Exhaust Manifold Replacement
*Courtesy of acaprez from his website
and the MR2 Forum
Shortly after buying the car, I started hearing an odd sound
from the engine compartment. From suggestions I concluded it was the exhaust
system and after getting an overall inspection done by a mechanic (Toyota
Lexus Care in San Diego) I was told the exhaust manifold was cracked. I took
what TLC told me and ordered parts from Jay Marks Toyota in Houston, Texas.
I considered getting a TRD header, but the price
was too steap, and after reading this on The AW11 Archive I'm
glad I didn't. For now the stock manifold is fine for me.
Here is what you need for this job. You need the
exhaust manifold gasket, the O2 sensor gasket, and two 'O' ring
gaskets for the downpipe. You might also want to replace all the
bolts and studs. That includes: three studs that connect the manifold
to the downpipe (blue circle), as well as their nuts, two studs,
three bolts that attach the manifold to the engine head (red),
and the two studs for the o2 sensor (green). I got by without
replacing the two studs and three bolts attaching to the head.
An exploided view of what I'm talking about as well as part numbers
can be seen below:
and the two exhaust o-rings can be seen here:
Those pictues are off Bill
Strong's site and his great parts
1) I'd recommend spraying all the bolts you need
to take out at least a few hours beforehand with a penetrating
oil. The three bolts connecting the manifold to the downpipe were
the hardest to get off. One went without too much trouble, but
the other two stripped. My grandpa ended up helping me from that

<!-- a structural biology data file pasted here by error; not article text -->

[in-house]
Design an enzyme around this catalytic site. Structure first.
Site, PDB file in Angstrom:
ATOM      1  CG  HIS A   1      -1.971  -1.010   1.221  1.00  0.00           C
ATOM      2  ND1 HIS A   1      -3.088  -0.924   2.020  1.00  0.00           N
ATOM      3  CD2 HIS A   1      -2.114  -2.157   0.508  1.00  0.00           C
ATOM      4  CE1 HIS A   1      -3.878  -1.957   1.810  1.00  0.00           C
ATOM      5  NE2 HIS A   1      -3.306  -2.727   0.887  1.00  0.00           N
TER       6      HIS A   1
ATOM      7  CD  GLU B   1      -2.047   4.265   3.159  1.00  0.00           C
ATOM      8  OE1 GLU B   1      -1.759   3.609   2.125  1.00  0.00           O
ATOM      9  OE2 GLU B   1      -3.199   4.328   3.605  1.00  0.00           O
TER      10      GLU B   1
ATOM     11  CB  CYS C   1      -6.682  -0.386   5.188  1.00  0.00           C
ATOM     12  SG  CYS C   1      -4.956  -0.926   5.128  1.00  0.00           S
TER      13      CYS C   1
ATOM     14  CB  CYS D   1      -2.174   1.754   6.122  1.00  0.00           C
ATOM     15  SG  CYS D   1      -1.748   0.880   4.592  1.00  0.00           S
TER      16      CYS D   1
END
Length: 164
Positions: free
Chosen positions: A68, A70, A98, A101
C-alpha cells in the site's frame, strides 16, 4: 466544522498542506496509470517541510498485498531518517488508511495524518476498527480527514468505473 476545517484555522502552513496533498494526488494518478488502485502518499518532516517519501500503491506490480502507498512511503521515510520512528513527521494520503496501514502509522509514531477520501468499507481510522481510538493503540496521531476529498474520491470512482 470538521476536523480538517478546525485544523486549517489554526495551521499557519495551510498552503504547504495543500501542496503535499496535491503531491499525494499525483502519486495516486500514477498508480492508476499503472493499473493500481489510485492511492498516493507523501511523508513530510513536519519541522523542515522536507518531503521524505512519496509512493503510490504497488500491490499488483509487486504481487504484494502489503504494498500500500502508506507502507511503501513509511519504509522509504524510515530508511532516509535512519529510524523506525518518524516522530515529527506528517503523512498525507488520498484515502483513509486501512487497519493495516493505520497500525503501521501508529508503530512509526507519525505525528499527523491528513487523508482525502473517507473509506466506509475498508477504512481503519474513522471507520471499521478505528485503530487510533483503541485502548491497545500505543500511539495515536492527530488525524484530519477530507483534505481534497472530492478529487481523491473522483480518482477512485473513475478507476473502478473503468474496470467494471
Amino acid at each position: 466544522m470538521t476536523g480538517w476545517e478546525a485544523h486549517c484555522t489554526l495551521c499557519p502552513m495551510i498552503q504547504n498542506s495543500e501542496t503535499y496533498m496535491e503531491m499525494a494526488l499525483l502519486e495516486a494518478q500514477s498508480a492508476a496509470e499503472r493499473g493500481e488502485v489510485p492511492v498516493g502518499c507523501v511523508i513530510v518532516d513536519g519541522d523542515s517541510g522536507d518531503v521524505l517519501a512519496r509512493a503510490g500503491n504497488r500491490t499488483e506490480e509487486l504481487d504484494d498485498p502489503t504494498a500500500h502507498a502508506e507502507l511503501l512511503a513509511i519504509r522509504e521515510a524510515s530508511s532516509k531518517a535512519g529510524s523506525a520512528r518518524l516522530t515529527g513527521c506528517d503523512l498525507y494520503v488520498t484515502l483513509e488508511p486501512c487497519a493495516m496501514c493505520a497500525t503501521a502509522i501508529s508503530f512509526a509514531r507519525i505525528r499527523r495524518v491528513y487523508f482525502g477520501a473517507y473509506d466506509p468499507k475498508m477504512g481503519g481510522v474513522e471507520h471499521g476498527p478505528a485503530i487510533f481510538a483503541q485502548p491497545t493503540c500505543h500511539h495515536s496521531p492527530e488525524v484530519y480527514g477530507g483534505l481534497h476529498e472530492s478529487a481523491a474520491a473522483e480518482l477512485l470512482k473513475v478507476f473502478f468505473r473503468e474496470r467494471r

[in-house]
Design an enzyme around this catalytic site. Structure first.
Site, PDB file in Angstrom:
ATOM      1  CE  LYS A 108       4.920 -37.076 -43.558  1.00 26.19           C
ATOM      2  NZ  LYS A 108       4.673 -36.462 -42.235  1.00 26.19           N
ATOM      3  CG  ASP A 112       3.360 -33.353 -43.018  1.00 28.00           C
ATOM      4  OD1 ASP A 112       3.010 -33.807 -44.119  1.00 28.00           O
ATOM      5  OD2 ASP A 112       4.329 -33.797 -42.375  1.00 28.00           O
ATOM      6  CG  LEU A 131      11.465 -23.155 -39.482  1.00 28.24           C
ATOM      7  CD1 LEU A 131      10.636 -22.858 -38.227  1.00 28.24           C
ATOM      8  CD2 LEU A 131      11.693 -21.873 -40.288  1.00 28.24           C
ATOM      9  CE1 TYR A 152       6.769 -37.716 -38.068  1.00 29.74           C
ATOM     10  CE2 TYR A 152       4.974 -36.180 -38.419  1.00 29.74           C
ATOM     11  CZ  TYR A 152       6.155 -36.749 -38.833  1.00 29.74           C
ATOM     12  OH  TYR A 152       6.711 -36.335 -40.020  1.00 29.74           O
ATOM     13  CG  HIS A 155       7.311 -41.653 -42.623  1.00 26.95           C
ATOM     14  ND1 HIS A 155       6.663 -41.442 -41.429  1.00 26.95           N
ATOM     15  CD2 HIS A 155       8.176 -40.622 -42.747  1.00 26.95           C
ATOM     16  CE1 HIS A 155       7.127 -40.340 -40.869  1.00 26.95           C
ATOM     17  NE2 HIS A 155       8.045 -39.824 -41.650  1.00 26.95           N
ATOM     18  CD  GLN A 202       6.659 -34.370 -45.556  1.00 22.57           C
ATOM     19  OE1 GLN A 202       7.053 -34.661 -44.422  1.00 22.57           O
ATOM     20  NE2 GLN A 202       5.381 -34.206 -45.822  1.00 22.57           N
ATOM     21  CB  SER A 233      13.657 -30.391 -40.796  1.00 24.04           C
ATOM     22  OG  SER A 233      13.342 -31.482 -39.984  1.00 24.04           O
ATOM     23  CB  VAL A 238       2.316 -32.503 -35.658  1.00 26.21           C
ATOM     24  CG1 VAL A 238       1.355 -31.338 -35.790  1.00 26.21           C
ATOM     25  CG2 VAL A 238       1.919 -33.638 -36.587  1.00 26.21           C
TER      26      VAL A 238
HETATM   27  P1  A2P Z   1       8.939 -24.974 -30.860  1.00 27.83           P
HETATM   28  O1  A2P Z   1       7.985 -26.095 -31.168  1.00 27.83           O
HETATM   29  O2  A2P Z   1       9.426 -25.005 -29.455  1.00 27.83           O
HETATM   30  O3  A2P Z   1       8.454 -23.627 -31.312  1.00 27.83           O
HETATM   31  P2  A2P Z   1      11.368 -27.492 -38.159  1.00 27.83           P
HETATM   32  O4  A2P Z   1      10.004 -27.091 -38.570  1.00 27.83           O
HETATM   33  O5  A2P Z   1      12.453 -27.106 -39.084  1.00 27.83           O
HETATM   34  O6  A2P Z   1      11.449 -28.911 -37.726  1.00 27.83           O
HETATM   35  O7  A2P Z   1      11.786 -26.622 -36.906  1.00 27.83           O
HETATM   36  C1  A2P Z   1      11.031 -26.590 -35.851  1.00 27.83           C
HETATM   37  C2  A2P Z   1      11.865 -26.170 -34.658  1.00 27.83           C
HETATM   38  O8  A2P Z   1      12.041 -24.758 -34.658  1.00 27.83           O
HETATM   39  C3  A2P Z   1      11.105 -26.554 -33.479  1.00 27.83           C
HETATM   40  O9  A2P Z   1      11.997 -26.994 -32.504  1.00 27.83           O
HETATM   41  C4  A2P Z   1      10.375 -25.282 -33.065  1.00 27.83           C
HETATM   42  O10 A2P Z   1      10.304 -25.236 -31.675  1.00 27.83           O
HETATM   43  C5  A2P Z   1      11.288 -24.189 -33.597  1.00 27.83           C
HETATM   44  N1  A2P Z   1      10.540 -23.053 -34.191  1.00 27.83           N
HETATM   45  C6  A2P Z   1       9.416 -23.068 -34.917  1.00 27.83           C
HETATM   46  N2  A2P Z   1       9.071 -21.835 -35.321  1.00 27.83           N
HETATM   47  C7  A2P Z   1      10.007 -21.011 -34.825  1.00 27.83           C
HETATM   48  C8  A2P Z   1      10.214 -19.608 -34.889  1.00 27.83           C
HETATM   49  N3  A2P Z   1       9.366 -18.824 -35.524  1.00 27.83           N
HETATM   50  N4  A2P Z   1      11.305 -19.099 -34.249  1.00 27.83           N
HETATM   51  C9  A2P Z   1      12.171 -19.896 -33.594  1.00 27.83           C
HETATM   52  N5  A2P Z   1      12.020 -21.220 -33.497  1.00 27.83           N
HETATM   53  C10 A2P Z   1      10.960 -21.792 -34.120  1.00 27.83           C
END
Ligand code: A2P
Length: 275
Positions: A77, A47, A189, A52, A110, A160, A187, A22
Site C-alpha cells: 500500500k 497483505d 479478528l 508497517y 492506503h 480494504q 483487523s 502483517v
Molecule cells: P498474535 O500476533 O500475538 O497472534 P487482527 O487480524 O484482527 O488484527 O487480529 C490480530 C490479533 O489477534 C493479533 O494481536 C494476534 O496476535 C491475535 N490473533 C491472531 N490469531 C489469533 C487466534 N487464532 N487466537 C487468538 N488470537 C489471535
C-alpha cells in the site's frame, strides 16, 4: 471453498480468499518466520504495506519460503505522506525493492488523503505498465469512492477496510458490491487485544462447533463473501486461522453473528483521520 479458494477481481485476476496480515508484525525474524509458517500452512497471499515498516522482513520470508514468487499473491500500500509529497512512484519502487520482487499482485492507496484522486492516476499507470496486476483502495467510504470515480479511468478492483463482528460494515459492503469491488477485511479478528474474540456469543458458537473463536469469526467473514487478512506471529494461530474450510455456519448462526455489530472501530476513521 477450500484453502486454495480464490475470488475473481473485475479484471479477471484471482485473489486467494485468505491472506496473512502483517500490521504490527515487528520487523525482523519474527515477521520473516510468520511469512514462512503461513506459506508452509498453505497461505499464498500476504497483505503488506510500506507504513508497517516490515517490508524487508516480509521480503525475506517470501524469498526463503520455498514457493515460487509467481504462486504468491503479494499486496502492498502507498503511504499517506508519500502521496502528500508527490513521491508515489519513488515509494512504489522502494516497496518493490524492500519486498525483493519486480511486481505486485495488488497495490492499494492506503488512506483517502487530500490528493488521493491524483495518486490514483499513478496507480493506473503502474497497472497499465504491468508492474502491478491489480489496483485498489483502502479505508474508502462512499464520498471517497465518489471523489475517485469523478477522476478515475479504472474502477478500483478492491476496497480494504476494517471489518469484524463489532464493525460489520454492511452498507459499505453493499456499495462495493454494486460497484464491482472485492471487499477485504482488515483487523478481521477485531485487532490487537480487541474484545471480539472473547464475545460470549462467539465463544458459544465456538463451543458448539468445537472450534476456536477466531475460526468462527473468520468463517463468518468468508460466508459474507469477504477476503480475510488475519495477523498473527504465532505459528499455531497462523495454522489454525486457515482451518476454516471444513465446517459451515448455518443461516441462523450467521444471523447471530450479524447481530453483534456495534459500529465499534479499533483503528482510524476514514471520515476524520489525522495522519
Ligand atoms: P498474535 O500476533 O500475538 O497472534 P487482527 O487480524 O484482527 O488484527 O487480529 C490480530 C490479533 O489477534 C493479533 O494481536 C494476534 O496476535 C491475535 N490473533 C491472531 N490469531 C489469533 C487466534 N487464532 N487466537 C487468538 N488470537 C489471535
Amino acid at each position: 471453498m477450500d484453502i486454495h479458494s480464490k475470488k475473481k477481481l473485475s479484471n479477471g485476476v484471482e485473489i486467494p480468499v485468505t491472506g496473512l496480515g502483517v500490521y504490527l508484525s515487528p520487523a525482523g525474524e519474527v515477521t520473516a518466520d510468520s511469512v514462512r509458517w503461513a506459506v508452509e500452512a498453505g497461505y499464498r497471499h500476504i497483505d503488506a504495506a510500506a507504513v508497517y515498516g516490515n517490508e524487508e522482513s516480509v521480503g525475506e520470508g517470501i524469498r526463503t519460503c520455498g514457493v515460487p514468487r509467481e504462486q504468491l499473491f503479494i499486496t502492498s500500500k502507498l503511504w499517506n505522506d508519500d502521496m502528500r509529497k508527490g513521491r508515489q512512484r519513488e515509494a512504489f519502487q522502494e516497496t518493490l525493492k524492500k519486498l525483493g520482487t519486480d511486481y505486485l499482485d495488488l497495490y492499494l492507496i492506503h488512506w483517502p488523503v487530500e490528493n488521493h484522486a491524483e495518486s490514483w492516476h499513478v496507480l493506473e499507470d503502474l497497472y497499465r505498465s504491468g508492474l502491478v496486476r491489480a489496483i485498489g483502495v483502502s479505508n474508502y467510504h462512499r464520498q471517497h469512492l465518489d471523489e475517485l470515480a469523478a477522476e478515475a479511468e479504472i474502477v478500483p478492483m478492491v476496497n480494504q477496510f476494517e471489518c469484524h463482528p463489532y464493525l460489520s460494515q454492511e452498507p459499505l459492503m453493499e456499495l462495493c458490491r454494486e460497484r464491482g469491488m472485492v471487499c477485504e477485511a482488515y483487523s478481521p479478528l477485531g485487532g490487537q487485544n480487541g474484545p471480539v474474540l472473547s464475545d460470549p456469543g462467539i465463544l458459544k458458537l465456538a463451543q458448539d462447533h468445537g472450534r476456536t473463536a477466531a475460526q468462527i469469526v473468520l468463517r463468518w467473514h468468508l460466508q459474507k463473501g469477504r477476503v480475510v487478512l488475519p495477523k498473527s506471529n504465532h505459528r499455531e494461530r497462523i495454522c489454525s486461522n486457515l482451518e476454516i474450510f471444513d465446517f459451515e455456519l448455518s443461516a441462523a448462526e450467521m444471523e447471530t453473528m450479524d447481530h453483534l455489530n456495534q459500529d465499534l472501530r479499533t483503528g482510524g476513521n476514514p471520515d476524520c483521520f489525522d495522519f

point on, and we had to cut through the nuts. The rest of the
exhaust was easy to get off, as was the manifold sheilding.
2) From there on the only big problem we had was
the left most bolt under the distributor. I didn't want to remove
the distributor itself, and could only get one screw out of the
distributor sheild, but that was enough to move it out of the
way. We used lots of extentions on that bolt, and loosened it
from under the car. The other bolts went easily.
3) The next major step was getting the studs for
the O2 sensor out. We got them with a special tool, but getting
them back in was another thing since the threads were really bad.
Two dealers in the area didn't have those studs in stock (this
was a Sunday, so not much was open) but luckily Autozone had studs
of the size I needed. Putting it back together was much easier,
although that bolt under the distributor was still tricky.
And one more comment, unless you want your car to look like
it's on fire, clean the new manifold before putting it in. I think the smell
is gone now, though. Here are my posts on the topic on the MR2 Owners Club
Message Board. One